Ever-Green Vietnamese Cookbook Advance + Sample Recipe
Hello old and new Friends!
Between last weekend and today, a bunch of folks joined the PTFS crew. We hit 7,600 subscribers and continue growing! Shazam. I’m so happy to have you all here. Cảm ơn (thank you) for sharing, recommending, and finding this newsletter to be a positive addition to your lives! Let me start today with a tidbit from my travels in the motherland.
In Vietnam, when you meet a stranger, chances are they’ll ask you a series of probing questions, including: Where are you from? When did you leave Vietnam? Where do you live now? Where were your parents from? Are you married? Do you have children?
The last question is the hardest for me to answer. I typically explain that it costs a lot to raise and educate children in America. What I omit to share is that my husband and I enjoy and love children but not enough to take on the lifetime responsibility of having our own family. I watched my parents raise five kids, bring us safely to America, and do their best to bridge the cultural and generational divides. I lack such superhuman abilities. I have eleven nieces and nephews.
For that reason, in my family, I’m the daughter, sister, and auntie who births books. I will never profoundly experience childbirth but the closest that I can get to it is when the advance copy of one of my books arrives.
What’s an Advance Copy?
After we finalize and send the book off to print overseas, it takes about six (6) months for the files to be verified and calibrated then printed, bound, shipped, and distributed to retailers. A few months ahead of the on-sale date (April 25, 2023 for EGV), the printer sends (by plane) a very limited number of copies of the finished book to the publisher.
The balance will arrive by boat (Ten Speed Press/Penguin Random House prints mostly in Asia), meaning that Ever-Green Vietnamese is currently somewhere in the Pacific Ocean or maybe even closing in on the mainland warehouse. All I knew when I made the above video was that I had two rare copies of the actual book in my home.
Fear and Anticipation
After FedEx delivered the box, I set it aside for a few hours. I was scared to open it up. I worked for three years on 125+ plant-based recipes and variations. They were all tested and sometimes retested by a group of dedicated volunteer testers. My dad went into hospice care and then passed away while I was finishing the manuscript. He answered my questions until he couldn’t any more.
The photo shoot was intense because our shot lists are always packed. Dishes needed to go on set every 45 minutes or so. COVID-19 made it hard to secure healthy assistants last May, so food stylist Karen Shinto and I started early and worked late each day. We got a little relief when we could book an extra person to help out. I called on a pal, fellow cookbook author Kate Leahy to pitch in. We masked up during the shoot, except for when I had to have my face in the shots. Photographer Aubrie Pick shot countless photos and my art director and I selected a little over ninety beauty shots for including in the book.
My dear editor, Lorena Jones (a luminary in cookbook publishing), announced her retirement after getting my 90,000-word project to a solid spot. She handed me off to another incredible editor, Julie Bennett, who along with the rest of the production team, helped me bring the book across the finish line. Ever-Green Vietnamese isn’t my first rodeo but I gotta say — and y’all know this with your endeavors — anything accomplished during the pandemic was a major feat.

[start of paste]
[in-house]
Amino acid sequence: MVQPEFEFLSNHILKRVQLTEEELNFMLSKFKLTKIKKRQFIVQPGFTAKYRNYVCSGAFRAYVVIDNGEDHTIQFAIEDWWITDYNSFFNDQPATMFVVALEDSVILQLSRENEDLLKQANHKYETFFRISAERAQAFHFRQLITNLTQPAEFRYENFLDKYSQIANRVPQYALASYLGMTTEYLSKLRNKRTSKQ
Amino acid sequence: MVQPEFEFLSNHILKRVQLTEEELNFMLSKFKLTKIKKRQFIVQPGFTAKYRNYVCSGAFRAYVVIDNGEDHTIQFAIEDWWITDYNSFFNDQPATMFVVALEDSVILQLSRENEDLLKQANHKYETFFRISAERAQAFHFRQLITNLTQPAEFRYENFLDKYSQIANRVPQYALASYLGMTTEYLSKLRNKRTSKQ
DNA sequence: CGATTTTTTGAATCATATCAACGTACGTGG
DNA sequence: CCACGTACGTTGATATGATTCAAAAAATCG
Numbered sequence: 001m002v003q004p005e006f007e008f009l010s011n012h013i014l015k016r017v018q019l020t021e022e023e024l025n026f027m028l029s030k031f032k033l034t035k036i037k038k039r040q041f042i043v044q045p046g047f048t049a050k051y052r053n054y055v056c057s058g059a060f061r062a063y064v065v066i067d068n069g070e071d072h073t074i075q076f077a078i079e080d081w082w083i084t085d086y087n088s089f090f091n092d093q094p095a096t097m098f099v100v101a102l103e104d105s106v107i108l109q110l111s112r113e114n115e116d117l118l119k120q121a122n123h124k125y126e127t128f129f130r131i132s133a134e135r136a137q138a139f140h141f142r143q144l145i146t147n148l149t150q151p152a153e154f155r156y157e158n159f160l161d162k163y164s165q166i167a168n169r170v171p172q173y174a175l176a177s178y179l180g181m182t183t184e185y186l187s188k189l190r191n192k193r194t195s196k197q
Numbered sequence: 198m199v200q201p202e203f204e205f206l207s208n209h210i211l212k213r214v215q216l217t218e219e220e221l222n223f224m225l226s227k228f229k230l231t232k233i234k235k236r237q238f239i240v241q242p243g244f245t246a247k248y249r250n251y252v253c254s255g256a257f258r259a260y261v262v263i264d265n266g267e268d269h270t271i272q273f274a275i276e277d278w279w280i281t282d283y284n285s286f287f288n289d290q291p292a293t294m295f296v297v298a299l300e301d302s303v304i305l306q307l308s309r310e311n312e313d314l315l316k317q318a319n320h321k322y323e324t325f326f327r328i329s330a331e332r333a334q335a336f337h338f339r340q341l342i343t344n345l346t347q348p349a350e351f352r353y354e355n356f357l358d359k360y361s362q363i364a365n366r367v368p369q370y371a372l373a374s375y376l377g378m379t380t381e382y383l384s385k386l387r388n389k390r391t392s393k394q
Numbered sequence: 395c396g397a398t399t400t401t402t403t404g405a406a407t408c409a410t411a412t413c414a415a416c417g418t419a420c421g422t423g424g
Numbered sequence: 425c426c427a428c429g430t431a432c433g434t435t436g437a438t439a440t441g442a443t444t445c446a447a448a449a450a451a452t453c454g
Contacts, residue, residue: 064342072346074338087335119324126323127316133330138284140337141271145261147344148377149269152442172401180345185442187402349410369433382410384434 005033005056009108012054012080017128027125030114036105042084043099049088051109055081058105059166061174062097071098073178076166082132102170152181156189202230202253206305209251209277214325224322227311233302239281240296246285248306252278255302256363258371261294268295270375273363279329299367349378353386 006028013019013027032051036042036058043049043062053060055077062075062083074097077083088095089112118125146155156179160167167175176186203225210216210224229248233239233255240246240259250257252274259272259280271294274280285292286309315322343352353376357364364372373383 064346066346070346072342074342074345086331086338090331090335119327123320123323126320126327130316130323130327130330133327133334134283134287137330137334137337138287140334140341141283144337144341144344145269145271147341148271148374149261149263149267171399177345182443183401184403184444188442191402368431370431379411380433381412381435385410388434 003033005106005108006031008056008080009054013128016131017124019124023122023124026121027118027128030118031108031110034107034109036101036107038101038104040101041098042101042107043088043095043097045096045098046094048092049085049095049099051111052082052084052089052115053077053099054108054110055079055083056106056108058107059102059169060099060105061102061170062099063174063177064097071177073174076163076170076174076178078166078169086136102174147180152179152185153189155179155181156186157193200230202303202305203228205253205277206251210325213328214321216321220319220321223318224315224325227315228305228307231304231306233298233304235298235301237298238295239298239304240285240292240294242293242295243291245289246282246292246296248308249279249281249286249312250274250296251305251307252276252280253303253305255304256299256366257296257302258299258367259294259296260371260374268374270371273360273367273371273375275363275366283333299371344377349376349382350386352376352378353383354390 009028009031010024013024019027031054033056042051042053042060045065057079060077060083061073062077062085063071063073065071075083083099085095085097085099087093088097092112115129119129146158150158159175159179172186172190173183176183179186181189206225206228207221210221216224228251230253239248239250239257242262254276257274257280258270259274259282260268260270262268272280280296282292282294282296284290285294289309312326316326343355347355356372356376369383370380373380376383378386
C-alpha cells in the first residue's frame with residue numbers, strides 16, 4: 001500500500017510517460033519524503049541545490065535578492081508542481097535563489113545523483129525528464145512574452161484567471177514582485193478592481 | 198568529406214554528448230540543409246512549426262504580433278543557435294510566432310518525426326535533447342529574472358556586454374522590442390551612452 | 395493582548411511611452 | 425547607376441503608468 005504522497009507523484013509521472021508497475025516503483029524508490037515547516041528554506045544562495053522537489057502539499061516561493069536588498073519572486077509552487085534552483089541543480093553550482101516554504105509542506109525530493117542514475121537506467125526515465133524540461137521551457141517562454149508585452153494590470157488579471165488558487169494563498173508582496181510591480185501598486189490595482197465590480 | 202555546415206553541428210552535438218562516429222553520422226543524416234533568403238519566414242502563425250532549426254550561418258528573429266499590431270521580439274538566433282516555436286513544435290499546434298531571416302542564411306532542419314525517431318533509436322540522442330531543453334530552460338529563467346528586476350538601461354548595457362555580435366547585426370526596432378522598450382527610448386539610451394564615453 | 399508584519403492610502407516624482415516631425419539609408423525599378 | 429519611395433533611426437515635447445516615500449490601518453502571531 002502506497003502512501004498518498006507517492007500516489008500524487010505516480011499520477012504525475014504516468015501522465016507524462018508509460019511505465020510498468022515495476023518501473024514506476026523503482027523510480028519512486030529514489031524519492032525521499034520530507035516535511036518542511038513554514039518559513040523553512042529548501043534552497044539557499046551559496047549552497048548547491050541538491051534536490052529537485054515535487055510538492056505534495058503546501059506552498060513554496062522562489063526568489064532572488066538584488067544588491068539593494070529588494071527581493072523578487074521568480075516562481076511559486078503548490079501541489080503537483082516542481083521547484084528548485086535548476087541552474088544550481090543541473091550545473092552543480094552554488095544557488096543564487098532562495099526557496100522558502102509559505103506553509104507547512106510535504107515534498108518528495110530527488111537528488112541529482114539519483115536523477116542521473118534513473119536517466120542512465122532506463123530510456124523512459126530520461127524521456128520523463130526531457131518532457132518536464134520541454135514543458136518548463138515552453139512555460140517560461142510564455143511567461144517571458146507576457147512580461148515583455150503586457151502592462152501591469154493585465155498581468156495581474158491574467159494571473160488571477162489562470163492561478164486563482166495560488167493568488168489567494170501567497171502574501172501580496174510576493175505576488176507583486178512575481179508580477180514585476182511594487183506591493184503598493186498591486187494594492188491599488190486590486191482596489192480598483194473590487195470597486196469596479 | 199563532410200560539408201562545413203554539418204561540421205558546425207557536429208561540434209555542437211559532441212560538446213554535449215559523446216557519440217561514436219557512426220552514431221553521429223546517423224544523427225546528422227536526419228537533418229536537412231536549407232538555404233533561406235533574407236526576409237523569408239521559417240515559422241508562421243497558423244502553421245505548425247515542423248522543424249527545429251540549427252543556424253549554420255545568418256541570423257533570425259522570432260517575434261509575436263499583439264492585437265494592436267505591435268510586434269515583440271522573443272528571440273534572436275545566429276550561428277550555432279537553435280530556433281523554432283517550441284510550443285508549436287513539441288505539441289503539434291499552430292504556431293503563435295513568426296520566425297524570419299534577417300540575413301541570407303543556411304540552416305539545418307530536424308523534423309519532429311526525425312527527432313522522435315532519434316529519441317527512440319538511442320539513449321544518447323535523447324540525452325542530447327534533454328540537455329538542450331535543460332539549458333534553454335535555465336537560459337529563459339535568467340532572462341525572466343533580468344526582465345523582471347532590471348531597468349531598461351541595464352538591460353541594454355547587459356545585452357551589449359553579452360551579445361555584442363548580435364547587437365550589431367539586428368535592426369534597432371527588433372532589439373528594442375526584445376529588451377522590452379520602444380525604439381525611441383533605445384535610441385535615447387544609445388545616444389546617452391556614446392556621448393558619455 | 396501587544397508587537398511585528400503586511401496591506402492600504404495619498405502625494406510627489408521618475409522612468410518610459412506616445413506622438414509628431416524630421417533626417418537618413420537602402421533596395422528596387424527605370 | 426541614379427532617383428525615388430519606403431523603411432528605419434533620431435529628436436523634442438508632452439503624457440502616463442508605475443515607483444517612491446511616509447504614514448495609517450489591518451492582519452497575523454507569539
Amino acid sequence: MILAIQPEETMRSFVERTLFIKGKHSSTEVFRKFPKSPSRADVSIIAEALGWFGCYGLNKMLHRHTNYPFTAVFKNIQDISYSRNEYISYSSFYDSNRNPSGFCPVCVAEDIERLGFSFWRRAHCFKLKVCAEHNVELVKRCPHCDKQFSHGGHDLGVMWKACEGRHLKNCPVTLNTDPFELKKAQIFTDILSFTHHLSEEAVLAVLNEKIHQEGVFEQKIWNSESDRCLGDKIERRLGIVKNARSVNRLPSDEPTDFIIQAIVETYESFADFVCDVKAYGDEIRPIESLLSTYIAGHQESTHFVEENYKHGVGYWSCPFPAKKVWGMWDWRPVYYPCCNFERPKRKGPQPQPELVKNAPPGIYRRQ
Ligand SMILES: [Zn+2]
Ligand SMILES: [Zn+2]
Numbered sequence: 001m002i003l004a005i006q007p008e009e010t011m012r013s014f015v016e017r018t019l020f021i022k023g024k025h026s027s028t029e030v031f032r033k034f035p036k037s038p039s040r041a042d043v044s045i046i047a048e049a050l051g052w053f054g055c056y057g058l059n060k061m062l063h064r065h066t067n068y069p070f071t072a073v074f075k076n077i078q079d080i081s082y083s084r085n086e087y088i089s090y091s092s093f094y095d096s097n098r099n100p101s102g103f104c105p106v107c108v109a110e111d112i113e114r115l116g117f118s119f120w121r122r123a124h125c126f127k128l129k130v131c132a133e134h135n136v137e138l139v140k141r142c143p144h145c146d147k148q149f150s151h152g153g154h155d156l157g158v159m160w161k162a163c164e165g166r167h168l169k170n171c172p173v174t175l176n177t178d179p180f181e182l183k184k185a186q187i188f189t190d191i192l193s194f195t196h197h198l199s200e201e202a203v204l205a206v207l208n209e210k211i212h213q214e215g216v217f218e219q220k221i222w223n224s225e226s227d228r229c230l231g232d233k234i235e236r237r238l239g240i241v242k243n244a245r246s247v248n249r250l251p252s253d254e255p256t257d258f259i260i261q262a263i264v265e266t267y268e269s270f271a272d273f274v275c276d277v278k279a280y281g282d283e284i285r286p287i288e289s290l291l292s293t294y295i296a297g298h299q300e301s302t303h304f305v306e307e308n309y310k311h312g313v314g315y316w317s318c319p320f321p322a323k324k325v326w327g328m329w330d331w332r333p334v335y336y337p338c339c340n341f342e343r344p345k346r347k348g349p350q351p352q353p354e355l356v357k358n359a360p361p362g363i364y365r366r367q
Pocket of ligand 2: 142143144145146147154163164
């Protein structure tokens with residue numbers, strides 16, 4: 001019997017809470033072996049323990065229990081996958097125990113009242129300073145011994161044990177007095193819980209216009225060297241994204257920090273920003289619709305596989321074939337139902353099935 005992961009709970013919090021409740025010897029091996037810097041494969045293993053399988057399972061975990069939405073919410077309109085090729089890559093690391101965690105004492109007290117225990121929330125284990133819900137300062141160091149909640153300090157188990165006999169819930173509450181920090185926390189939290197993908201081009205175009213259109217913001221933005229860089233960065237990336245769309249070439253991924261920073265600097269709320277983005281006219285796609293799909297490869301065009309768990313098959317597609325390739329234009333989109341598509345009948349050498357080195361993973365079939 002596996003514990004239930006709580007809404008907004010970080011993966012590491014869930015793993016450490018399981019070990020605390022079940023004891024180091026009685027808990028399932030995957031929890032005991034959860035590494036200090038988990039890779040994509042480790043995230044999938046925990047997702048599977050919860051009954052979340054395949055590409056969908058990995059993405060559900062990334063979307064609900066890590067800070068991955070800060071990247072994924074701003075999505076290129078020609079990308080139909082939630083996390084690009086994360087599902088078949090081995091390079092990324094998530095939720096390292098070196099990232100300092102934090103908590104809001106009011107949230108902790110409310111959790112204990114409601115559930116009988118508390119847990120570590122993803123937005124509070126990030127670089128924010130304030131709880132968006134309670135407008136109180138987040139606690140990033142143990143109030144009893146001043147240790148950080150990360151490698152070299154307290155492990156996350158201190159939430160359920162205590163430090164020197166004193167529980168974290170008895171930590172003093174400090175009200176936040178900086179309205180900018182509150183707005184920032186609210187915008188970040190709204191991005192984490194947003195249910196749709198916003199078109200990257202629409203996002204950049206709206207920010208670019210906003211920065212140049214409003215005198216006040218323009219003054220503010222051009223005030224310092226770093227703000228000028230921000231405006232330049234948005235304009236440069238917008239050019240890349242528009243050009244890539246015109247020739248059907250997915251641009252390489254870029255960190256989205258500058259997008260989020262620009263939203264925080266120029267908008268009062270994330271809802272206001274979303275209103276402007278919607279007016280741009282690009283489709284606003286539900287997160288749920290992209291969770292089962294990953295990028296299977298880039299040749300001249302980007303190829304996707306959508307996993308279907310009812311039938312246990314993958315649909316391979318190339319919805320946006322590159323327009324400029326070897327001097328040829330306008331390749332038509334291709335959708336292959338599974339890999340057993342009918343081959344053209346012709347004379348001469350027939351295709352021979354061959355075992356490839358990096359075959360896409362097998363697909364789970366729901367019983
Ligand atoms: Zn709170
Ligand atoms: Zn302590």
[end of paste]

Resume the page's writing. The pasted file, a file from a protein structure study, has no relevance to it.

Heft, Calm and Joy
When I pulled the books out of the box, their heft surprised me. I’ve not published a cookbook this weighty since Into the Vietnamese Kitchen in 2006. EGV clocks in at 332 pages; IVK was 375 pages long. Lorena chose a creamy, luscious paper stock to show off the words and photography. To convey cooking’s humanity and my voice, she and art director Betsy Stromberg wanted my face and hands in the book.
For the first time, I’m on the back cover and inside the book to cheer you on in your kitchen. I’m unused to that because when the book hits your hands, my recipes are yours. I’ve long figured that I have no place on your journey except for in the words. But at 54, I’m a different person, more confident, more open. We’re also living and cooking in different, more intimate times.
I’m shy about tooting my own horn, but with Ever-Green Vietnamese, I pushed myself to be a better writer, one who is more present with you as a coach and friend. Cooking at home is a time commitment, and entrusting me to guide you somehow is a heavy responsibility.
After spending time cooking from the advance copy, I’m happy to declare that my book baby number 7, Ever-Green Vietnamese, has all its finger and toes!
What happened to the second advance copy? I sent it to my mom, who had helped me all along the way. At 88, she proofed the Vietnamese spelling, and wrote me notes, which I’m going to put in a safe place for archival purposes.
When Mom received her copy, she called me and unboxed hers over the phone. She told me it was beautiful, that it was my đứa con tinh thần. “Do you understand what đứa con tinh thần is?” she said. Um no, I sheepishly admitted. “It’s something special that you only could create.”
I was just working off of Vietnamese food traditions, I responded.
Looking up the term further, I realized that Mom had described Ever-Green Vietnamese as my brainchild.
If you want to get a jump on things, preorder the book. Make sure to save the ordering information because closer in, we’ll have some fun bonuses for you.
A Sample Recipe from my EGV Brainchild!
This past week, Penguin Random House sent its Valentine’s newsletter and what a lovely surprise — they selected one of my EGV recipe to showcase. Click here or on the image below to access the recipe for free!
Do you see a typo? I requested that be fixed. Perfection is overly ambitious.